Roman wives, Roman widows :
the appearance of new women and the Pauline communities /
Bruce W. Winter.
|Main Author:||Winter, Bruce W.|
Grand Rapids, Mich. : W.B. Eerdmans Pub., 2003
Women in Christianity
> Early church, ca. 30-600.
Women > Religious aspects > Christianity > History of doctrines > Early church, ca. 30-600.
Women > Biblical teaching.
Sex role > Religious aspects > Christianity.
Social classes > Rome.
Rome > Social life and customs.
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"In ancient Roman law you were what you wore. This legal principle became highly significant because, beginning in the first century A.D., a "new" kind of woman emerged across the Roman empire - a women whose provocative dress and sometimes promiscuous lifestyle contrasted starkly with the decorum of the traditional married women. What a woman chose to wear came to identify her as either "new" or "modest." Augustus legislated against the "new" woman. Philosophical schools encouraged their followers to avoid embracing her way of life. And, as this fascinating book demonstrates for the first time, the presence of the "new" woman was also felt in the early church, where Paul exhorted Christian wives and widows to emulate neither her dress code nor her conduct."--BOOK JACKET.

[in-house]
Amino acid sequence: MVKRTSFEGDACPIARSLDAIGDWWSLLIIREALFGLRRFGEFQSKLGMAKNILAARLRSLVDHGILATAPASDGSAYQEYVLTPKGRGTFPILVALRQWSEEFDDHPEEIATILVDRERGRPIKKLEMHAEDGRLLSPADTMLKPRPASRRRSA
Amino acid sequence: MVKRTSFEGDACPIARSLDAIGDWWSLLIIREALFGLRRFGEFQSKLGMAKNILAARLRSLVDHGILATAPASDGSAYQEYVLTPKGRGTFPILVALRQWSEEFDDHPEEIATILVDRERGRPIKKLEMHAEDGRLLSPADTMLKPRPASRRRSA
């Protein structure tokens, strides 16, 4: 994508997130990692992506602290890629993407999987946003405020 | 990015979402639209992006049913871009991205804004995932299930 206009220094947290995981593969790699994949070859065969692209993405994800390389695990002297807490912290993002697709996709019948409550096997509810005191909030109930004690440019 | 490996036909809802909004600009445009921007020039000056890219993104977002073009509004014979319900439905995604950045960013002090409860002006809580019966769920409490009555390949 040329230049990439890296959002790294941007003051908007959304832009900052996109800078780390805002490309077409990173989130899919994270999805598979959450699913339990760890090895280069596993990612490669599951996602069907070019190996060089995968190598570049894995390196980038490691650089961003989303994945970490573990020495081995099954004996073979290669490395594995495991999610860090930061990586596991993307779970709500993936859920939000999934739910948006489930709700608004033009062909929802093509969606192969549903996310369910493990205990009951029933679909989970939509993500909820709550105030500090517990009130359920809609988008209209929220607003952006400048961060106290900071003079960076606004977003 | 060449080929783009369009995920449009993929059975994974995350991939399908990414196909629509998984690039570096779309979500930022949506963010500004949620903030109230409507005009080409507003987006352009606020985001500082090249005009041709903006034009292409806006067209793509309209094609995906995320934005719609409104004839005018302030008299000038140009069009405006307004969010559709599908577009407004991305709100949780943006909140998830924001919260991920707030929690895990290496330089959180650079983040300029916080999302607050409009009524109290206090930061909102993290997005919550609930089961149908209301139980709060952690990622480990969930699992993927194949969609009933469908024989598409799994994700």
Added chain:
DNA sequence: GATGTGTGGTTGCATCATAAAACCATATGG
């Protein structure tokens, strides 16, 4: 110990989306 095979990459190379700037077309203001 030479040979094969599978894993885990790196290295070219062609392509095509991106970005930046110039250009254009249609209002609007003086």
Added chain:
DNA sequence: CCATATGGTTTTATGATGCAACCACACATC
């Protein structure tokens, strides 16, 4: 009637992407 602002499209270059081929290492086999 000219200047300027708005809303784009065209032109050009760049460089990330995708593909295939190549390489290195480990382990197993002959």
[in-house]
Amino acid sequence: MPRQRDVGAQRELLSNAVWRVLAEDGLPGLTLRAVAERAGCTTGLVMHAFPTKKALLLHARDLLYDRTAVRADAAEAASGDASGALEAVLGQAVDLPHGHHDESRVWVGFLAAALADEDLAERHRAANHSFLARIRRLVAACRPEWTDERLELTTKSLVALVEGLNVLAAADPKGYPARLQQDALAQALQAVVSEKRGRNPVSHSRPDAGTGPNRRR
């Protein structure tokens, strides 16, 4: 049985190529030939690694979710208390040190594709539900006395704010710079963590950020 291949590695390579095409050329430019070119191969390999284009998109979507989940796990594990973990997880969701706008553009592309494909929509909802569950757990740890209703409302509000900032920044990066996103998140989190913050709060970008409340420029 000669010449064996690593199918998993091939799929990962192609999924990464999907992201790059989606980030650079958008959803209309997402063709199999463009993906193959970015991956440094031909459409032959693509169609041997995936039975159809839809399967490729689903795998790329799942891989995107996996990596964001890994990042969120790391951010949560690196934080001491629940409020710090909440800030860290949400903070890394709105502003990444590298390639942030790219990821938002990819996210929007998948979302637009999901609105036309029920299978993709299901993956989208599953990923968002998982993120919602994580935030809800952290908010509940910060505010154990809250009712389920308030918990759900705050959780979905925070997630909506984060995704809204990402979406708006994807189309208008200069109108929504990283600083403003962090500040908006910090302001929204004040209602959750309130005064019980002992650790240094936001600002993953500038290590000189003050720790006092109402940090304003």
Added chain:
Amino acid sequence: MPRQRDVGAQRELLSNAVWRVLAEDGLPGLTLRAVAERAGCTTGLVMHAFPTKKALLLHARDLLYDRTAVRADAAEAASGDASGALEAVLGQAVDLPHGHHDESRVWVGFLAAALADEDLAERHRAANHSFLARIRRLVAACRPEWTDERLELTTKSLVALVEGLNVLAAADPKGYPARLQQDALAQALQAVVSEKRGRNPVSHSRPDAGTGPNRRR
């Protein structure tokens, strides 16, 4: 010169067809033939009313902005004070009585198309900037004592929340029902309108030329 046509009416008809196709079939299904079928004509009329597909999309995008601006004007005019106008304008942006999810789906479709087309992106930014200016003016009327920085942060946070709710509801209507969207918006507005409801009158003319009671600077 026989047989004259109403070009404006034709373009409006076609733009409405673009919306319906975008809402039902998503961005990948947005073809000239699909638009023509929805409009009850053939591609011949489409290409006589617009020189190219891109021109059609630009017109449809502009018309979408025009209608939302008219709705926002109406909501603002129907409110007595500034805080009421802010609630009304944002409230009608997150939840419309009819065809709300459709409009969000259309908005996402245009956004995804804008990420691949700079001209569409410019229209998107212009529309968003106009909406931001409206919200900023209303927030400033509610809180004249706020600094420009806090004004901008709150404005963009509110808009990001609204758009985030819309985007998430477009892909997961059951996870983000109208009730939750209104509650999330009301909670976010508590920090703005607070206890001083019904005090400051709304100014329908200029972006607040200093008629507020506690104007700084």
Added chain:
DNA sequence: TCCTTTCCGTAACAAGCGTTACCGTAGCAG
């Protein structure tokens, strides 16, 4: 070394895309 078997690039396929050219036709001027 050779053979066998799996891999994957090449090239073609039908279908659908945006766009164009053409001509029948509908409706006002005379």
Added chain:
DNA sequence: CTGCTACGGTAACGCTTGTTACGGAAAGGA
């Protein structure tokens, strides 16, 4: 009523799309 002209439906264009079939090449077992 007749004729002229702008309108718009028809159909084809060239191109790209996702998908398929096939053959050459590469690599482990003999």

xvii, 236 p. ; 24 cm.
Includes bibliographical references (p. 212-223) and index.
0802849717 (pbk. : alk. paper)
9780802849717 (pbk. : alk. paper)